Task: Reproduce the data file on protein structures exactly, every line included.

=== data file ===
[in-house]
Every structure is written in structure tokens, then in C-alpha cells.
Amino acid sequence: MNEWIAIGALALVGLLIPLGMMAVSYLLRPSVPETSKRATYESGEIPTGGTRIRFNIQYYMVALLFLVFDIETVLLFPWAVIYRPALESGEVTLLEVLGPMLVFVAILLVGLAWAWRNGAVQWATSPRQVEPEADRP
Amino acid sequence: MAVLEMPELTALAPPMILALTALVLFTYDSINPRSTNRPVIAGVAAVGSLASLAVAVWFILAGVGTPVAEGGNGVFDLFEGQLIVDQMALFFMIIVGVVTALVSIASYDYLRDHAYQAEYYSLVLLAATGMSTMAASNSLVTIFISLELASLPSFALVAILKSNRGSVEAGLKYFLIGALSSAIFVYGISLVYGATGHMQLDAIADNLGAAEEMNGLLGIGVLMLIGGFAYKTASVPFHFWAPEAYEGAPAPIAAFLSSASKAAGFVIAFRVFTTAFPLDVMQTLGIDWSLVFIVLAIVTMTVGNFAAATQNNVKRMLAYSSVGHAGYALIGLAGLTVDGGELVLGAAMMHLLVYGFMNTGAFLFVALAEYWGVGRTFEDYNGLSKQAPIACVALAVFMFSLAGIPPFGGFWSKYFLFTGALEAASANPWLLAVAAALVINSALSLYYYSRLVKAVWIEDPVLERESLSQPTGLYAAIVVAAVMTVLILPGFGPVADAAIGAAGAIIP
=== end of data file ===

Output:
[in-house]
Every structure is written in structure tokens, then in C-alpha cells.
Amino acid sequence: MNEWIAIGALALVGLLIPLGMMAVSYLLRPSVPETSKRATYESGEIPTGGTRIRFNIQYYMVALLFLVFDIETVLLFPWAVIYRPALESGEVTLLEVLGPMLVFVAILLVGLAWAWRNGAVQWATSPRQVEPEADRP
Amino acid sequence: MAVLEMPELTALAPPMILALTALVLFTYDSINPRSTNRPVIAGVAAVGSLASLAVAVWFILAGVGTPVAEGGNGVFDLFEGQLIVDQMALFFMIIVGVVTALVSIASYDYLRDHAYQAEYYSLVLLAATGMSTMAASNSLVTIFISLELASLPSFALVAILKSNRGSVEAGLKYFLIGALSSAIFVYGISLVYGATGHMQLDAIADNLGAAEEMNGLLGIGVLMLIGGFAYKTASVPFHFWAPEAYEGAPAPIAAFLSSASKAAGFVIAFRVFTTAFPLDVMQTLGIDWSLVFIVLAIVTMTVGNFAAATQNNVKRMLAYSSVGHAGYALIGLAGLTVDGGELVLGAAMMHLLVYGFMNTGAFLFVALAEYWGVGRTFEDYNGLSKQAPIACVALAVFMFSLAGIPPFGGFWSKYFLFTGALEAASANPWLLAVAAALVINSALSLYYYSRLVKAVWIEDPVLERESLSQPTGLYAAIVVAAVMTVLILPGFGPVADAAIGAAGAIIP